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Polaris Industries, Inc. v. Arctic Cat Inc.

United States District Court, D. Minnesota

March 12, 2019

POLARIS INDUSTRIES INC., Plaintiff/Counter Defendant,
v.
ARCTIC CAT INC. and ARCTIC CAT SALES INC., Defendant/Counter Claimants.

         FILED UNDER SEAL

          NATHAN LOUWAGIE & SAMUEL T. LOCKNER, CARLSON CASPERS VANDENBURGH LINDQUIST & SCHUMAN PA, FOR PLAINTIFF/COUNTER DEFENDANT.

          JOSEPH A. HERRIGES, JOHN C. ADKISSON, & MARIA ELENA STITELER, FISH & RICHARDSON PC, FOR DEFENDANTS/COUNTER CLAIMANTS.

          MEMORANDUM OPINION AND ORDER

          JOHN R. TUNHEIM CHIEF JUDGE

         Polaris Industries Inc. (“Polaris”) brings these infringement actions against Arctic Cat Inc. and Arctic Cat Sales Inc. (collectively “Arctic Cat”). Polaris alleges Arctic Cat's Wildcat Trail vehicles infringe on its ‘449 and ‘501 Patents for side-by-side all-terrain vehicles.

         Polaris has moved to Exclude Certain Expert Testimony of Christopher Bakewell. (Docket No. 212, Case No. 15-4129; Docket No. 320, Case No. 15-4475.) Because Bakewell's opinions are properly supported under Federal Rule of Evidence 702, the Court will deny Polaris's Motions.

         BACKGROUND

         This series of patent cases arises from Arctic Cat's alleged infringement of Claim 1 of Polaris's '449 Patent in November 2015 (Case No. 15-4129) and infringement of Claims 1, 10, and 11 of Polaris's '501 Patent in December 2015 (Case No. 15-4475).

         The ‘449 Patent involves the positioning of a generally U-shaped sway bar in side by side off-road vehicles. (Decl. of Joseph A. Herriges in Supp. of Def.'s Opening Claim Construction Brief (“Herriges Decl.”), Ex. A, Mar. 31, 2017, Case No. 15-4475, Docket No. 137.) The ‘501 Patent involves the placement of air inlets relative to a continuously variable transmission engine in side by side off-road vehicles. (Herriges Decl., Ex. B.)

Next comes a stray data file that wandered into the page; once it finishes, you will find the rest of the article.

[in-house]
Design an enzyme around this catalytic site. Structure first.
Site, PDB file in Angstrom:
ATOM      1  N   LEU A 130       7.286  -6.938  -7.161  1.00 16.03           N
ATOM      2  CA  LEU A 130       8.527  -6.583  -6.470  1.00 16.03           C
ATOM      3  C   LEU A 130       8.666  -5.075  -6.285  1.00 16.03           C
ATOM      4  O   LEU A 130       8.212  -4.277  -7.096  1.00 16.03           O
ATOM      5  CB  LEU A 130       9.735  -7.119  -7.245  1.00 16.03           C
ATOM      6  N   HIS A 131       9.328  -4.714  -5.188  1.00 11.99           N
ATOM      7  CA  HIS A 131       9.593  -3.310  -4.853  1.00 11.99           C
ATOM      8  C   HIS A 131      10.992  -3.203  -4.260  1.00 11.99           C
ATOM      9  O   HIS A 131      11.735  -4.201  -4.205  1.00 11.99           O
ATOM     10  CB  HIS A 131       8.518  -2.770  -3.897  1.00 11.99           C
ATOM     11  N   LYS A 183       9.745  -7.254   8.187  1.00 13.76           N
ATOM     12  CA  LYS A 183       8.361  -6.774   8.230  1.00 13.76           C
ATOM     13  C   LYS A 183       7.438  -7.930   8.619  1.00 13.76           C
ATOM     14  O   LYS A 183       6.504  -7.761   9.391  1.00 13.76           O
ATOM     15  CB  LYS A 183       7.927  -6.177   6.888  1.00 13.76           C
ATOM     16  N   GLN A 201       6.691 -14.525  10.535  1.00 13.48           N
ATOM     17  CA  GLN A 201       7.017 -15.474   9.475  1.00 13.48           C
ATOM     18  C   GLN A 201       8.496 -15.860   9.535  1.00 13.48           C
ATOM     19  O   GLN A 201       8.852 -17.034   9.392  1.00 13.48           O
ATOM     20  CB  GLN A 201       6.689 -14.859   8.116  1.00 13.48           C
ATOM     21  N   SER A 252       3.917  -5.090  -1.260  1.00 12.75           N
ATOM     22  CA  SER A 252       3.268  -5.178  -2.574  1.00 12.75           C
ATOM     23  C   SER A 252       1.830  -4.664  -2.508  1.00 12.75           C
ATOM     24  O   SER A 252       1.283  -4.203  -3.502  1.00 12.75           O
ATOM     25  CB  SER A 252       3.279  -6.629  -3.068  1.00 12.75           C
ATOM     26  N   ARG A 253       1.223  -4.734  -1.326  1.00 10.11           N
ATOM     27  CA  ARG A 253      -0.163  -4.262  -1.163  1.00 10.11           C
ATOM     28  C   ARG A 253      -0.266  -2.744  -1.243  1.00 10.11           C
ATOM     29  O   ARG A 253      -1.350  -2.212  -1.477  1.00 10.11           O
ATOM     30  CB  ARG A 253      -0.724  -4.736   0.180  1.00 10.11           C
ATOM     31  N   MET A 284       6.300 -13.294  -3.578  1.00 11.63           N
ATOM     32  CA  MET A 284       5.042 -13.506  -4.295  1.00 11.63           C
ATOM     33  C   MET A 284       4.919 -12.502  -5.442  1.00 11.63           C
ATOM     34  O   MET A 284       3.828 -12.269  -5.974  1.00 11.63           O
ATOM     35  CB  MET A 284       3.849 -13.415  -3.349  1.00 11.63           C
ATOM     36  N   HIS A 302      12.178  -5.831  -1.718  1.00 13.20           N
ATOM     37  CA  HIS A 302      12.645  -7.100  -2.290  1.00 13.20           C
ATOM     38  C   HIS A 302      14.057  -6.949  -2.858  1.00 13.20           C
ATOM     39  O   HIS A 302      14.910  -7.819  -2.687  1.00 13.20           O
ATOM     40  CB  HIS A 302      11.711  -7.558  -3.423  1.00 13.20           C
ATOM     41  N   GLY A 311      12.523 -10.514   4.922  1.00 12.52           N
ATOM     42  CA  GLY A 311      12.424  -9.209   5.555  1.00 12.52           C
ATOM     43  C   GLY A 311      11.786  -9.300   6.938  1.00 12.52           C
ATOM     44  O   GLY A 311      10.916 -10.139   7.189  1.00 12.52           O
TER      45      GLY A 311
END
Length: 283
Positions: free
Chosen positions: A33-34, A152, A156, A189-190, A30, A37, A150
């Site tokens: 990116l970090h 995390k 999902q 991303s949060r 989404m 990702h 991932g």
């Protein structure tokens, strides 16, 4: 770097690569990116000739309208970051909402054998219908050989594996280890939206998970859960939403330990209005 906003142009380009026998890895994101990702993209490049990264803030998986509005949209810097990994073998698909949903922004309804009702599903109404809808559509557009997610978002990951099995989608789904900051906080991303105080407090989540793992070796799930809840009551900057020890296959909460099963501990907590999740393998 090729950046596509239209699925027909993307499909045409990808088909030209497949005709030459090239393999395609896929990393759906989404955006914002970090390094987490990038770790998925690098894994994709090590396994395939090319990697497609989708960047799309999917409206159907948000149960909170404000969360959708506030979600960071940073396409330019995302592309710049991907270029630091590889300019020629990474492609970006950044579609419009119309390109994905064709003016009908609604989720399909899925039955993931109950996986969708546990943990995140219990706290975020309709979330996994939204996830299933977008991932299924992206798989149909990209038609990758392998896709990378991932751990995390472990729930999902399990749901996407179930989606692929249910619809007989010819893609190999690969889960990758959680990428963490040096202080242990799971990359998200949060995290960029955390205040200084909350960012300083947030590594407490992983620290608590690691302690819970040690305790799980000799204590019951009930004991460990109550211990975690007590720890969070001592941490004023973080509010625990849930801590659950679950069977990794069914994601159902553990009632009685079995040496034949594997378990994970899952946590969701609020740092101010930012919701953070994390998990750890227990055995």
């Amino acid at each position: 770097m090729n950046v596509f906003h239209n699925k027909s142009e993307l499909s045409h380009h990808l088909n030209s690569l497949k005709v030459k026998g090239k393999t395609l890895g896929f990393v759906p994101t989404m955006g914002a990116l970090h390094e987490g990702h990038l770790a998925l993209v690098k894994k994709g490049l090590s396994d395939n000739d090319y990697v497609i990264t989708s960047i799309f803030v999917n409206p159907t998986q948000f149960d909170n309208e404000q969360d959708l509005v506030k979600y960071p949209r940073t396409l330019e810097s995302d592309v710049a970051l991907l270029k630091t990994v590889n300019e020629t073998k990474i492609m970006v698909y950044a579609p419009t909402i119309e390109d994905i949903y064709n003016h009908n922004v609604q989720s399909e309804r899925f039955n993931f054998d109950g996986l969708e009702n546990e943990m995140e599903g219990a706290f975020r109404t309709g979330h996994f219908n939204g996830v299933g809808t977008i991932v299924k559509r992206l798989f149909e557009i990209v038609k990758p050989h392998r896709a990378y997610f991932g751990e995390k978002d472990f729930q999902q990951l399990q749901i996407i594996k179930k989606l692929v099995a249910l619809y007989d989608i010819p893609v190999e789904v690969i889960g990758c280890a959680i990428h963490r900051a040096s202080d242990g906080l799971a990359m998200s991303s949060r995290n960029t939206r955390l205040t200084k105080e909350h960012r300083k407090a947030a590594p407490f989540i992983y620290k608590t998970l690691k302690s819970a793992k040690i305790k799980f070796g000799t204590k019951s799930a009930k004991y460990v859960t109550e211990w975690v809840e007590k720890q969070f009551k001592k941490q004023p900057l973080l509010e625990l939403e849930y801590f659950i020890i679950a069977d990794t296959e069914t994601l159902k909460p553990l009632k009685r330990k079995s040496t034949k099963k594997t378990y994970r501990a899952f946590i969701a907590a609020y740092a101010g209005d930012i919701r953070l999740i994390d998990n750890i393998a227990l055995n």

Polaris moves to exclude the expert testimony of W. Christopher Bakewell related to his opinion on reasonable royalty damages for the ‘449 and ‘501 Patents. (Mot. to Exclude Expert Test. of W. Christopher Bakewell, July 20, 2018, Docket No. 320, Case No. 15-4475.) Bakewell is a Managing Director of Duff & Phelps, LLC, an international consulting firm specializing in financial advisory services. (Decl. of Samuel T. Lockner (“Lockner Decl.”) ¶ 3, July 20, 2018, Docket No. 324, Case No. 15-4475; Ex. B (“Bakewell Report”) ¶ 7, July 20, 2018, Docket No. 326, Case No. 15-4475.) At Duff & Phelps, LLC Bakewell's primary responsibility is to provide consulting services involving valuation and related issues in connection with technology-rich businesses and intellectual property. (Bakewell Report ¶ 7.)

         Bakewell used a two-step analysis to form his opinion on reasonable royalty damages. (Id. ¶¶ 204.) First, Bakewell used three intellectual property valuation methodologies to determine a baseline of valuation for the patents-in-suit. (Id..) These methodologies include (1) the market approach, (2) the income approach, and (3) the cost approach. (Id.) Second, Bakewell analyzed qualitative factors known as the Georgia-Pacific factors. (Id. ¶ 5.)